Mike Hodgins has always called Shawville home. Born and raised in the Pontiac, Hodgins only left for eight years to study and work in Ottawa, returning to his hometown to work maintenance at the Pontiac Community Hospital. It was safe to say he knew his way around town, but in 2006, he had to refamiliarize himself with the place he’d known his entire life in a whole new way.
On October 3, 2006, Hodgins was on the job clearing a blocked floor drain with Drano, an alkaline drain cleaner. He poured it down and continued to work.
“No one told me there was a 15 minute time delay fuse on it,” Hodgins recalled. “It blew out of the floor drain and it sprayed across my face, blew a hole in the ceiling and of course, when it hit my face, it got in my eyes.”
Alkaline chemicals in cleaners are used to break down organic matter, which makes contact on skin more dangerous. Hodgins suffered severe burns on his corneas and eyelids as well as the rest of his face. Immediately following the accident, Hodgins had completely lost his vision.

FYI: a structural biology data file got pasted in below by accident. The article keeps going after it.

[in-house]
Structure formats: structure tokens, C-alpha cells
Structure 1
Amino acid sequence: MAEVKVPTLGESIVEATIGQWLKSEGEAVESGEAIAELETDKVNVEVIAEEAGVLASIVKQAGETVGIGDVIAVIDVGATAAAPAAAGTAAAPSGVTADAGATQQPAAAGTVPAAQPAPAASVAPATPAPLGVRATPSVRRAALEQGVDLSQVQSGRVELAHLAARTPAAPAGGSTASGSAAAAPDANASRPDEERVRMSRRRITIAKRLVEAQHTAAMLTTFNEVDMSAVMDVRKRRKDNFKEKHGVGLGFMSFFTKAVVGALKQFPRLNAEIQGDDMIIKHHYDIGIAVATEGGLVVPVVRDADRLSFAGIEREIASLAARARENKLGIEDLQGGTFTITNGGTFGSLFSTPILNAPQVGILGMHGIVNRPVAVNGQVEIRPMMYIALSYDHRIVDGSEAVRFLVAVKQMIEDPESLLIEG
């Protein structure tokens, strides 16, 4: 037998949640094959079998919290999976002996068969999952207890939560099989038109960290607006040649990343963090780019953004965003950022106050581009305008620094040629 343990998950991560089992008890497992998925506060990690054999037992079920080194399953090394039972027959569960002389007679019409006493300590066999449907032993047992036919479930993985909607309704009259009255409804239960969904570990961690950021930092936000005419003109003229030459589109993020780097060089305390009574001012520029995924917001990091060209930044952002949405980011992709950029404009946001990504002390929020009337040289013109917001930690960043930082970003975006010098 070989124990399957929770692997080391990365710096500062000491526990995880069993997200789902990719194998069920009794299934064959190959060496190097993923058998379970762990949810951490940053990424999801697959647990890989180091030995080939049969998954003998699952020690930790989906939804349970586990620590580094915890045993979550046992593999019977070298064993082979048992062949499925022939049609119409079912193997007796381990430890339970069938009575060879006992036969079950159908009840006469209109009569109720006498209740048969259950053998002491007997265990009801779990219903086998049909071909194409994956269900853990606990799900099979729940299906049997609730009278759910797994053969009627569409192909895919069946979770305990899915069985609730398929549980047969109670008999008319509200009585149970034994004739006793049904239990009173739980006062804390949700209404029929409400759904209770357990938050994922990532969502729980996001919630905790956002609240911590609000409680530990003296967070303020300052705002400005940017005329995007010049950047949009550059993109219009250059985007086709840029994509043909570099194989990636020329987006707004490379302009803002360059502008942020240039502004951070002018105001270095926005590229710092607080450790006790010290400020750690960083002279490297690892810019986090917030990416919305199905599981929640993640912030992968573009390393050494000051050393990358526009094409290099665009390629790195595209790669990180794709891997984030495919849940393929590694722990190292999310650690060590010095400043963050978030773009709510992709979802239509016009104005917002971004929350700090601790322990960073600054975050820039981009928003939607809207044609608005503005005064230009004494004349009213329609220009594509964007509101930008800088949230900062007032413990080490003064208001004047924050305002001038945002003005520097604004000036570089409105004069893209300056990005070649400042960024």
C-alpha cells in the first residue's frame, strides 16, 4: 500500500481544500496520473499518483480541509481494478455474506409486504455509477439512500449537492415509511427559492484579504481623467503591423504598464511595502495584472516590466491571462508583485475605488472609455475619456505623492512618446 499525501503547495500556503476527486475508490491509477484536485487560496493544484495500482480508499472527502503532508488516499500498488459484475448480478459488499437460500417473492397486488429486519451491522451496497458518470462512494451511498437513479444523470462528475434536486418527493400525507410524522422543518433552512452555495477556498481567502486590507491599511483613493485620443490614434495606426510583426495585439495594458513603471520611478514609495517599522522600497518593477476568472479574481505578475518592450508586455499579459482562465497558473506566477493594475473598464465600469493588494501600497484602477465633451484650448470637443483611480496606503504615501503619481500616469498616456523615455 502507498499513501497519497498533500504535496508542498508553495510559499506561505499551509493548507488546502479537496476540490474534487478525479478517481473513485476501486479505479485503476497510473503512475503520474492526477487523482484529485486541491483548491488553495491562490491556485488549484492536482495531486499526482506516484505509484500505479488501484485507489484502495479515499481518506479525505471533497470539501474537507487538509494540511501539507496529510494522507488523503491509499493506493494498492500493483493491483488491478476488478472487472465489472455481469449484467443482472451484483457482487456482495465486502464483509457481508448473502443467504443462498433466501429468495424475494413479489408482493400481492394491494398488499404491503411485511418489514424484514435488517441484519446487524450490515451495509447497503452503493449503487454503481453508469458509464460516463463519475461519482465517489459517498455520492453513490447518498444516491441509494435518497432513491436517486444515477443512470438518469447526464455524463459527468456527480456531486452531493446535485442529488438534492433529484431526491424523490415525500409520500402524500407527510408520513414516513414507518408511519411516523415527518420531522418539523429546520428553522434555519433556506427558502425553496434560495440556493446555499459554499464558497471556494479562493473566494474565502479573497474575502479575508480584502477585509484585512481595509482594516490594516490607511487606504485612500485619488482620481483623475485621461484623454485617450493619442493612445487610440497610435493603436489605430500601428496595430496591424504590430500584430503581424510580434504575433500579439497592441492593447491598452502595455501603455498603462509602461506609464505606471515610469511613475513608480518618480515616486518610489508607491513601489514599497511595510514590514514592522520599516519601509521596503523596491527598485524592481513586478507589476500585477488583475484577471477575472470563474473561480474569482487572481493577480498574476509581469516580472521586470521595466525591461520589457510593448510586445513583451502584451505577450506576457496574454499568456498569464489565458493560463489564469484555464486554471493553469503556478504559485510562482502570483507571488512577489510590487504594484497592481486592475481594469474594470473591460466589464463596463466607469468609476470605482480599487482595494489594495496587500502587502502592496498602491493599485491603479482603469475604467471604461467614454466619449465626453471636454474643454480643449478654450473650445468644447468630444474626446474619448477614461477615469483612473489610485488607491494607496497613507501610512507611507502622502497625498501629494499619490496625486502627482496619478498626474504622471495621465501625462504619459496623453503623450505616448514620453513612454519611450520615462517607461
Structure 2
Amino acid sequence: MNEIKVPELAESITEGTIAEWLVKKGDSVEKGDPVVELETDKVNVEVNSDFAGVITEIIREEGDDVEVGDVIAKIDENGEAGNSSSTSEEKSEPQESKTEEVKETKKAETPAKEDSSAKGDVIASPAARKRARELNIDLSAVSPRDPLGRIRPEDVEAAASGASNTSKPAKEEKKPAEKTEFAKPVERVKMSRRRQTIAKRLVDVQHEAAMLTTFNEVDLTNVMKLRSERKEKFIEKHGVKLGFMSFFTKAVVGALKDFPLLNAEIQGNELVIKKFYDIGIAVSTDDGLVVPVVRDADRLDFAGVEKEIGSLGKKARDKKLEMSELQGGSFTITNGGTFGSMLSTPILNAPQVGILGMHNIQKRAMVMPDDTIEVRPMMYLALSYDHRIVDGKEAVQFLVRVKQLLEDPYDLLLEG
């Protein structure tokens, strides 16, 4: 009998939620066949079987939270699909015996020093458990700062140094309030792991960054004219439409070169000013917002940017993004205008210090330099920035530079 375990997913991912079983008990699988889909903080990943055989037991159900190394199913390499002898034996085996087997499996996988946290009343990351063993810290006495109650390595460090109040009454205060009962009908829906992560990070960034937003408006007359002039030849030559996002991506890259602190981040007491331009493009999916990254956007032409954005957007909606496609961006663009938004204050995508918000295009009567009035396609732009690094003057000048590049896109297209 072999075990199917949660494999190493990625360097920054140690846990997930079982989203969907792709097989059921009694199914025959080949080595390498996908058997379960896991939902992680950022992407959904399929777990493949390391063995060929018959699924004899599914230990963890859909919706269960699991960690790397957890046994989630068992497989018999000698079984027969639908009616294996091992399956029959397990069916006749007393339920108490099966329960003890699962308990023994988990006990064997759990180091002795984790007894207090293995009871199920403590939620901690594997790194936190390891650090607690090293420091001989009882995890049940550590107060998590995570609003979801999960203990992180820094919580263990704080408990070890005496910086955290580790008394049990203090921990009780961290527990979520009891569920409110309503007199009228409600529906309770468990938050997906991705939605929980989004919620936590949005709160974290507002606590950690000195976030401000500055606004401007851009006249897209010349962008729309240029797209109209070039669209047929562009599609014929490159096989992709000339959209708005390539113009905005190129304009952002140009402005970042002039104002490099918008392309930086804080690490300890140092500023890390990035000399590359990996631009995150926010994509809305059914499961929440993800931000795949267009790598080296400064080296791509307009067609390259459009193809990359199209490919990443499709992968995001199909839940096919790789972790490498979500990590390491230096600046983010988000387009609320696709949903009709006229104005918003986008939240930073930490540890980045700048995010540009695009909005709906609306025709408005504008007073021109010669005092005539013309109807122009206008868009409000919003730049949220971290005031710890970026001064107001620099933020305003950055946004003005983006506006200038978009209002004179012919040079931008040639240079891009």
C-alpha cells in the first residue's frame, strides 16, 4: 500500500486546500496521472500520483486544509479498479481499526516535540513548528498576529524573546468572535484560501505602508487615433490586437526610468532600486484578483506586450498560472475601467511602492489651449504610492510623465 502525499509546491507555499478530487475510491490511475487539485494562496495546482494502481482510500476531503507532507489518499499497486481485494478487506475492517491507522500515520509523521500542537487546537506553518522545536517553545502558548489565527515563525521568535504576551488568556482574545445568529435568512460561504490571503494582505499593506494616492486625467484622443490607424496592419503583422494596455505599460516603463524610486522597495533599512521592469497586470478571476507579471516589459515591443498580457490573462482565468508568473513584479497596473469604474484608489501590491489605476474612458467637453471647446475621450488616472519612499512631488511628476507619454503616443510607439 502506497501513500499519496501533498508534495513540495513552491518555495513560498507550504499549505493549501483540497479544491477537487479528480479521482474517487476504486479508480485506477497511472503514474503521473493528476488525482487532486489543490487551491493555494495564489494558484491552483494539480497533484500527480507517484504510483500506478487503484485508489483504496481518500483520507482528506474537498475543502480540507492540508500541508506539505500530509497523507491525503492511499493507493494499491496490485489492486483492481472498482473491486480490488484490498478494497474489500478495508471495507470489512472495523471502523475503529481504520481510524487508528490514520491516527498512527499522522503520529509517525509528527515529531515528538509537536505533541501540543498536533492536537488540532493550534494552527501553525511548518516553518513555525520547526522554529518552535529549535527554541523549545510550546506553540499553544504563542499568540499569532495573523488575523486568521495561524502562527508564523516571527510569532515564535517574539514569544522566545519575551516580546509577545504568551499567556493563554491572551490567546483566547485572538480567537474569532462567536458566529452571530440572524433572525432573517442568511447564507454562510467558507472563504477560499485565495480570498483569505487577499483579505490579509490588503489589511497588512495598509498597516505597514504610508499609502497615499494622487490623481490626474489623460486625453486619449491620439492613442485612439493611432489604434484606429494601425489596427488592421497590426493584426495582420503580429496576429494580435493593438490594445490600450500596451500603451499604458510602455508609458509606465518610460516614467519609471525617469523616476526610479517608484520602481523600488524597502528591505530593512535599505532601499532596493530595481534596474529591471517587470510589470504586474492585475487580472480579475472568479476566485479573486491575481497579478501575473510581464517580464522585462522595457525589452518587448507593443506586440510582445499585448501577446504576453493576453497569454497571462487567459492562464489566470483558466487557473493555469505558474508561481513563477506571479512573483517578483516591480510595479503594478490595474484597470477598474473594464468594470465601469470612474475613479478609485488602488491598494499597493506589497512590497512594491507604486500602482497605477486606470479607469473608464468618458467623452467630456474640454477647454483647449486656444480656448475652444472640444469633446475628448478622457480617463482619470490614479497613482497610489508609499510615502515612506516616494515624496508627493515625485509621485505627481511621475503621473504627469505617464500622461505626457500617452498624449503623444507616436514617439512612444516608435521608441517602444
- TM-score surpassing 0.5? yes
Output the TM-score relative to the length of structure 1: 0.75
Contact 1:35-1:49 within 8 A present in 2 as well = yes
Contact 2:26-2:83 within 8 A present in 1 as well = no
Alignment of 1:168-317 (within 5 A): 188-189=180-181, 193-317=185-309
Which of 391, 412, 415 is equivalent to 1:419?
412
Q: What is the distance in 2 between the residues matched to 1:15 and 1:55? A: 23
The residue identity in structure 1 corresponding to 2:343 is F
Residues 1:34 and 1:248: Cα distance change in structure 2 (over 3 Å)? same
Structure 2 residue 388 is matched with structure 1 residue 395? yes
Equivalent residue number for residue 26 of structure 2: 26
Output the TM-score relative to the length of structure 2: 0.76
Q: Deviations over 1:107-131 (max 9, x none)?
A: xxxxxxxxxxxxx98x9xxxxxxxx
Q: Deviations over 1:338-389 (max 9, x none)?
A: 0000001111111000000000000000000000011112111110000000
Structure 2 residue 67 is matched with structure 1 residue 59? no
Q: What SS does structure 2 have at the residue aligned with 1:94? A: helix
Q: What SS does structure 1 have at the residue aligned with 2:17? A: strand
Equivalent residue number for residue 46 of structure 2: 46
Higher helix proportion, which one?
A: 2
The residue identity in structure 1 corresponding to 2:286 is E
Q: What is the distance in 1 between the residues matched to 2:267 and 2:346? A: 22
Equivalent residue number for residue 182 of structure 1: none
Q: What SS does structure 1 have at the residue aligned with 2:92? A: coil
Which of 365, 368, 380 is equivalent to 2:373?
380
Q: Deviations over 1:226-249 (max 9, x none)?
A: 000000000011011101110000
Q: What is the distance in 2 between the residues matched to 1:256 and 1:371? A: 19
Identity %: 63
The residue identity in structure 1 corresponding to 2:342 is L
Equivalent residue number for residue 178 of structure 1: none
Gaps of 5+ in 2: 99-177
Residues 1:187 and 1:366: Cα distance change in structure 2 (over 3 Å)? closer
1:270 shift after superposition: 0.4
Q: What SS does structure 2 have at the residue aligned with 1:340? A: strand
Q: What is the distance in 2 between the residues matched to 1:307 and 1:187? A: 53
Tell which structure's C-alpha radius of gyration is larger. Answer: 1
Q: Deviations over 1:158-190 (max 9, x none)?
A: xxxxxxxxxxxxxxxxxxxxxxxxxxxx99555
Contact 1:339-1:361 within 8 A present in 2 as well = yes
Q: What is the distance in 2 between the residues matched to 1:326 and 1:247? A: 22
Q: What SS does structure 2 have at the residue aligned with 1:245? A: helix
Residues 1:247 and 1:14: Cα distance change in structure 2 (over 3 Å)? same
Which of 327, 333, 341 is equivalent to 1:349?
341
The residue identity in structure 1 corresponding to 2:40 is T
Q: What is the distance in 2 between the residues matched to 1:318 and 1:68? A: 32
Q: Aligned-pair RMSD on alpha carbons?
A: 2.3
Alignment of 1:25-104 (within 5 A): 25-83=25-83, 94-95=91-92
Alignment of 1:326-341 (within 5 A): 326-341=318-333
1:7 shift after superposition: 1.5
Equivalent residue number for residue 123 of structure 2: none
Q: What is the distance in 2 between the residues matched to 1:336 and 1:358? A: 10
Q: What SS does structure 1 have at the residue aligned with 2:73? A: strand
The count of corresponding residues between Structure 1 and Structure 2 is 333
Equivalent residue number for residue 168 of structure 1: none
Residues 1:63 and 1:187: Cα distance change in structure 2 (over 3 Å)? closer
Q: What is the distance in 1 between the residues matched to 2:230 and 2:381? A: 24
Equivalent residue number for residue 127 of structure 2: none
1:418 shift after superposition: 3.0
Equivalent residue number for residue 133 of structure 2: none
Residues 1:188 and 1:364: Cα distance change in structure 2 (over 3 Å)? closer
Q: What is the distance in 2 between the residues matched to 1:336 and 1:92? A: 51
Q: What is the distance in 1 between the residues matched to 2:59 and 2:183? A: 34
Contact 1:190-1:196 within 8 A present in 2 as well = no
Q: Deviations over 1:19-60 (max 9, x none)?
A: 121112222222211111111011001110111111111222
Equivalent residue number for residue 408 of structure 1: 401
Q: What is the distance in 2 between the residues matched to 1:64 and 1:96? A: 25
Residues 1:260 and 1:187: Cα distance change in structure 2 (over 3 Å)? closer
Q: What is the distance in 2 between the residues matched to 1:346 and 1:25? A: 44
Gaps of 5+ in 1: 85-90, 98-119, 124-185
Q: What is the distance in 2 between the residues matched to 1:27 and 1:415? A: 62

“I’m in a white world, not a dark world,” he said of his range of sight. “Everything’s white to me, I have no focus. I can see some shades of colours, but it’s like someone threw a white blanket over my face.”
In the years that followed, Hodgins underwent 26 surgeries in Ottawa, Montreal and as far as Boston, MA, in hopes of regaining his sight. He did regain some vision; he came out of his first surgery with 20/30 vision and could see relatively well for six years. A plastic cornea operation was even approved in Canada using him as an example of success.
But after years of surgeries, the complications began. His ocular tissue was too badly damaged, scarred and fragile.
“The eyes had enough and I guess so did I,” he said. “So we stitched up my eyes and preserved what was left, hopefully for something in the future.”